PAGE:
"The spare for the main is pretty much an identical guitar. Although this one is a Fender Esquire, it's still John Bolin made. It's Gibson scaled. The only difference is that it does not have Glendale saddles, it has six saddles and it's stringed through the body, not a top-loading bridge. It's firstly the same guitar I consider it the same guitar, and it's only used if something goes wrong with the main Tele guitar," says Billy Gibbson's guitar tech about the Fender '50s Esquire Electric Guitar.more
[This article](http://www2.gibson.com/News-Lifestyle/Features/en-us/legendary-guitar-bruce-514.aspx) by Gibson, talks about Bruce Springsteen's Fender Esquire. The article reads, "One of the most deserving of Legendary Guitar status of any electric on the planet, Bruce Springsteen’s ’50s Fender Esquire is both a cover star and a lifelong “No. 1” pick for this rock and roller. Springsteen has played other guitars, and naturally takes plenty of spares on the road with him, but the image of The Boss will forever be linked with that blackguard maple-neck Esquire, a guitar that he has consistently stated is the best he has ever played."more
This is a Mexi-made Esquire. Swamp-ash body, maple neck, etc. Pretty much a classic 50s telecaster with 1 pickup and the esquire's wonky wiring. But the wiring scheme is part of the charm of an esquire as is the reduced string pull from just 1 pickup that makes these guitars just a touch meaner than their big brothers. This guitar has a well-applied Polyurethane white-blonde finish that is too glossy for my taste. Feels weird under my forearm. The neck is finished in vintage tinted poly and is fairly glossy, but in a good way. I never seem to stick to it even when I get sweaty.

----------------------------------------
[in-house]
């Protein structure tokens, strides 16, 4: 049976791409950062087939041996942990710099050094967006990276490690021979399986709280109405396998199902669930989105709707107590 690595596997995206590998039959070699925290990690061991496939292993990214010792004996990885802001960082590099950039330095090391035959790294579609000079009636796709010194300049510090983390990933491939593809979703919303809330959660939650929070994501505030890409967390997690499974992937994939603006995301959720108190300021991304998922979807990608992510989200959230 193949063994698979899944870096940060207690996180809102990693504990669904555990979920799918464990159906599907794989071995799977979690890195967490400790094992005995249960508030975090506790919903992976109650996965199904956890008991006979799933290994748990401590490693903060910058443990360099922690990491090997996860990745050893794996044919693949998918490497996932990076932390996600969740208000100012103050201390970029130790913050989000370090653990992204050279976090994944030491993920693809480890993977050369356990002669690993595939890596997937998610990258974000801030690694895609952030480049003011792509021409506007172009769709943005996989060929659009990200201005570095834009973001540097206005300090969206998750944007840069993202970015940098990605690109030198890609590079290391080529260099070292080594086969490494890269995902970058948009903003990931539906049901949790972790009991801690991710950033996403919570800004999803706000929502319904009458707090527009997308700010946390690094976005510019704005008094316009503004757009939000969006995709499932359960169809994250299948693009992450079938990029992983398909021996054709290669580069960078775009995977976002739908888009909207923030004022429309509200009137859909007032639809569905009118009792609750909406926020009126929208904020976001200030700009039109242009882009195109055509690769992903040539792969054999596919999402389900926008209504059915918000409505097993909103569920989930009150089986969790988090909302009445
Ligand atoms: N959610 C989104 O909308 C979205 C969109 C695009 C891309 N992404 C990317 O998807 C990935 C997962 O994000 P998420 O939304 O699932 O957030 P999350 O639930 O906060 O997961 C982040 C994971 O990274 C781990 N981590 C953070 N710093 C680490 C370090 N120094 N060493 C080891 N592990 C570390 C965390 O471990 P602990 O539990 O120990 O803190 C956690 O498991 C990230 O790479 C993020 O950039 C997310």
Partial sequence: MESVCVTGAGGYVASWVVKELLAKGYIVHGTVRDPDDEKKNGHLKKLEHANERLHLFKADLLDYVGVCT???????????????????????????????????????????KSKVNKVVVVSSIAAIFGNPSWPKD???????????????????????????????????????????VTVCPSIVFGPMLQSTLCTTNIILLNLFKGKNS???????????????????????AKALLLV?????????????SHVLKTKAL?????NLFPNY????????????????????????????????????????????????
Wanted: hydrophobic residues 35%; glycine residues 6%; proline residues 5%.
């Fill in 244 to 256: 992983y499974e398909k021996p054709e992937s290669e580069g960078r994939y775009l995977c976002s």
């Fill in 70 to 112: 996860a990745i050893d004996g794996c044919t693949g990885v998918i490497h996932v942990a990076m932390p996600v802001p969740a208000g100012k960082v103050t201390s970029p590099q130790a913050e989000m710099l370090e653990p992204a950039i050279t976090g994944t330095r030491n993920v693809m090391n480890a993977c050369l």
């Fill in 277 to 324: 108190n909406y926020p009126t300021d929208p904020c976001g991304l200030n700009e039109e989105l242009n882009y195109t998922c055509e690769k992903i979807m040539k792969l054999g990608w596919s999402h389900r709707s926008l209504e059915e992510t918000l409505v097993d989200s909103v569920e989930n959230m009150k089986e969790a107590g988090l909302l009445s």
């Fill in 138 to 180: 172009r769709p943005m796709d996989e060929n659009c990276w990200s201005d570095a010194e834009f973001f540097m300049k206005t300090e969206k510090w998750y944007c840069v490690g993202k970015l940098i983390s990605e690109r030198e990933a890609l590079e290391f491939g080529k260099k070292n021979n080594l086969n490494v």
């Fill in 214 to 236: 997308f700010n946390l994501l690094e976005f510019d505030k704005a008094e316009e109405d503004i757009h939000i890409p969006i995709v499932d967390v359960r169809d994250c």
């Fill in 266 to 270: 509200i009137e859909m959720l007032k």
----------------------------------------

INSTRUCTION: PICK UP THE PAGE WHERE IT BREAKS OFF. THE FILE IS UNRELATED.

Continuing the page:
My 3 star review is based on how I got this esquire stock. Its really a 4.5 star after some tweaking. An Angeltone 1950B pickup went in the bridge and I switched the stock steel barrels for a set of Hipshot compensated brass saddles. That seemed to bring the guitar to life plugged in. I didn't feel that the stock parts put forward its midrangey voice unplugged.
She doesn't have an official name but I often refer to her as Mary (as in Mary Kaye cosmetics, even though she is not truly Mary Kaye) or the Deathsquire (mine has a black bakelite pickguard installed by the previous owner) because she wears more black than any of my other guitars. Tré funereal, Baron Samedi!